Wait times, lack of allergists pose challenges in managing food allergies in Canada: experts

More than three million Canadians are living with food allergies, but finding help is no easy task.

“It absolutely is a challenge to access an allergist in Canada,” Jennifer Gerdts, the executive director of Food Allergy Canada, told Global News.

There are fewer than 250 board-certified allergists in Canada, according to Food Allergy Canada. Most are in larger city centres.

Gerdts says there are about 10 allergists in Manitoba, all located in Winnipeg. New Brunswick and Saskatchewan have very few allergists and there are no allergists in Prince Edward Island, Yukon, Nunavut and the Northwest Territories.

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“It really depends on the reason why you need to see an allergist and the area you’re located,” said Dr. Mariam Hanna, a pediatric allergist and clinical immunologist and professor at McMaster University.

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“Some families need to wait six to 12 months to more than a year to be seen by (an allergist), but sometimes in an emergent situation we’re able to see patients within a month or within a week depending on what the situation or concern is.”

Both Gerdts and Hanna say the lengthy wait times to see an allergist can be a stress-inducing experience.

“That uncertainty of knowing if you’re allergic or not and what steps you need to be able to take to stay safe, it’s a quality of life impact,” Gerdts said.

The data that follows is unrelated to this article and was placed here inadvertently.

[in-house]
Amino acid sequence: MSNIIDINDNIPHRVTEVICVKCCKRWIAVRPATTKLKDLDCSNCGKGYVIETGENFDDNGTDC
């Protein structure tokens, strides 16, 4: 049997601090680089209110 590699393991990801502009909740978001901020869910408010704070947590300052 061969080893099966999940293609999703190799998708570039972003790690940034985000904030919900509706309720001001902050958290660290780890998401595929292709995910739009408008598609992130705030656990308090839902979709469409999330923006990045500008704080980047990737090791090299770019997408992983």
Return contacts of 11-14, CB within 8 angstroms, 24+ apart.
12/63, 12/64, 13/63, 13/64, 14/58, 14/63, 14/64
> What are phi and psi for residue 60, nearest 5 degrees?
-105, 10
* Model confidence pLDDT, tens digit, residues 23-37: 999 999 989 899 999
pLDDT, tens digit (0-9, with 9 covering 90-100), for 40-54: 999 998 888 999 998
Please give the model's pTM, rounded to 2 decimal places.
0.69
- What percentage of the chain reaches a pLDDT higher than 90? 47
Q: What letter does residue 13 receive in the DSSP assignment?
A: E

“I mean, it’s a quality of life impact to have a diagnosis of an allergy, but you can imagine that the uncertainty of knowing whether this is the type of allergy that can lead to anaphylaxis – that’s stressful.”

Hanna says it can especially be stressful for families with younger children.

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“I think there’s always a level of concern, but with infants or small children, there’s more concern (over) what are you missing, what other possible allergies could there be, can it get worse, or what will it look like the next time.”

Gerdts says it also makes eating a stressful activity.

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“People with a food allergy have to think, ‘OK, what’s safe? How do I avoid what I’m allergic to?’ and that comes with a huge quality of life impact, because instead of looking at food as something (social), it’s ‘How can I manage my risks?’” Gerdts said.

“The quality of life impact can result in anxiety, it can result in stress, and just difficulty trying to be socially included.”

She also says having people around you who understand and are informed about food allergies can make the world of difference.

“(For) parents with young children it’s a big stress when all of a sudden your child, who may not be able to navigate avoiding their allergy on their own,” she said.

“(It’s helpful) knowing that the people that are around them understand food allergy, understand what a food allergic reaction looks likes and understand how to treat it.”

&© 2023 Global News, a division of Corus Entertainment Inc.

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